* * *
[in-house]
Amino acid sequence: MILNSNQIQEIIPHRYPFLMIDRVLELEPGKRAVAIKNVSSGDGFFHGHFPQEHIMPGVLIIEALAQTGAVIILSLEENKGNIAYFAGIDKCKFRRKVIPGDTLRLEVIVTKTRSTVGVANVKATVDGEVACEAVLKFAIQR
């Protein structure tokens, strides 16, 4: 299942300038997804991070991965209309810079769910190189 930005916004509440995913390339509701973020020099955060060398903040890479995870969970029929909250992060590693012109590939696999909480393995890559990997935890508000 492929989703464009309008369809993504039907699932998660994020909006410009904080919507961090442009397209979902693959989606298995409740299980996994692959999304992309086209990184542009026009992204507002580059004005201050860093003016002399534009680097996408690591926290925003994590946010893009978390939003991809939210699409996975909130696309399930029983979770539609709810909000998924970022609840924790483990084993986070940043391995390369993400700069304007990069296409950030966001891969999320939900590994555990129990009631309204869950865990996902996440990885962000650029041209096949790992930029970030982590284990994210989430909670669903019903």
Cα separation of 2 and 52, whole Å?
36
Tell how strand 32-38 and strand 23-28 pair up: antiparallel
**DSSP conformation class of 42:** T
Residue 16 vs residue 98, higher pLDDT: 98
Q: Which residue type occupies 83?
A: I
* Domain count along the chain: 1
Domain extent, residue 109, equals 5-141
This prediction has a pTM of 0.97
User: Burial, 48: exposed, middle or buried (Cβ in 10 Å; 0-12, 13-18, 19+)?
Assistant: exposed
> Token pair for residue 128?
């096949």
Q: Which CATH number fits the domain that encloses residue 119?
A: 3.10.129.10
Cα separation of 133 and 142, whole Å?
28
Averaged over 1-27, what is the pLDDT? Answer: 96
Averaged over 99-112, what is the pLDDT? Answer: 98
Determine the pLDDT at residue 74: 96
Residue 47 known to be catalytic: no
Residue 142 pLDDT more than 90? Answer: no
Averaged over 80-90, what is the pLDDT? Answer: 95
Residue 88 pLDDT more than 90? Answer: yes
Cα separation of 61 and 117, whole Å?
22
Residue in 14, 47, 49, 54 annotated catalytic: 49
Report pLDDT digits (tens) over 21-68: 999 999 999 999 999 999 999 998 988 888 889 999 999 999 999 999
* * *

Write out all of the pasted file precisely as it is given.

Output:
[in-house]
Amino acid sequence: MILNSNQIQEIIPHRYPFLMIDRVLELEPGKRAVAIKNVSSGDGFFHGHFPQEHIMPGVLIIEALAQTGAVIILSLEENKGNIAYFAGIDKCKFRRKVIPGDTLRLEVIVTKTRSTVGVANVKATVDGEVACEAVLKFAIQR
């Protein structure tokens, strides 16, 4: 299942300038997804991070991965209309810079769910190189 930005916004509440995913390339509701973020020099955060060398903040890479995870969970029929909250992060590693012109590939696999909480393995890559990997935890508000 492929989703464009309008369809993504039907699932998660994020909006410009904080919507961090442009397209979902693959989606298995409740299980996994692959999304992309086209990184542009026009992204507002580059004005201050860093003016002399534009680097996408690591926290925003994590946010893009978390939003991809939210699409996975909130696309399930029983979770539609709810909000998924970022609840924790483990084993986070940043391995390369993400700069304007990069296409950030966001891969999320939900590994555990129990009631309204869950865990996902996440990885962000650029041209096949790992930029970030982590284990994210989430909670669903019903």
Cα separation of 2 and 52, whole Å?
36
Tell how strand 32-38 and strand 23-28 pair up: antiparallel
**DSSP conformation class of 42:** T
Residue 16 vs residue 98, higher pLDDT: 98
Q: Which residue type occupies 83?
A: I
* Domain count along the chain: 1
Domain extent, residue 109, equals 5-141
This prediction has a pTM of 0.97
User: Burial, 48: exposed, middle or buried (Cβ in 10 Å; 0-12, 13-18, 19+)?
Assistant: exposed
> Token pair for residue 128?
């096949």
Q: Which CATH number fits the domain that encloses residue 119?
A: 3.10.129.10
Cα separation of 133 and 142, whole Å?
28
Averaged over 1-27, what is the pLDDT? Answer: 96
Averaged over 99-112, what is the pLDDT? Answer: 98
Determine the pLDDT at residue 74: 96
Residue 47 known to be catalytic: no
Residue 142 pLDDT more than 90? Answer: no
Averaged over 80-90, what is the pLDDT? Answer: 95
Residue 88 pLDDT more than 90? Answer: yes
Cα separation of 61 and 117, whole Å?
22
Residue in 14, 47, 49, 54 annotated catalytic: 49
Report pLDDT digits (tens) over 21-68: 999 999 999 999 999 999 999 998 988 888 889 999 999 999 999 999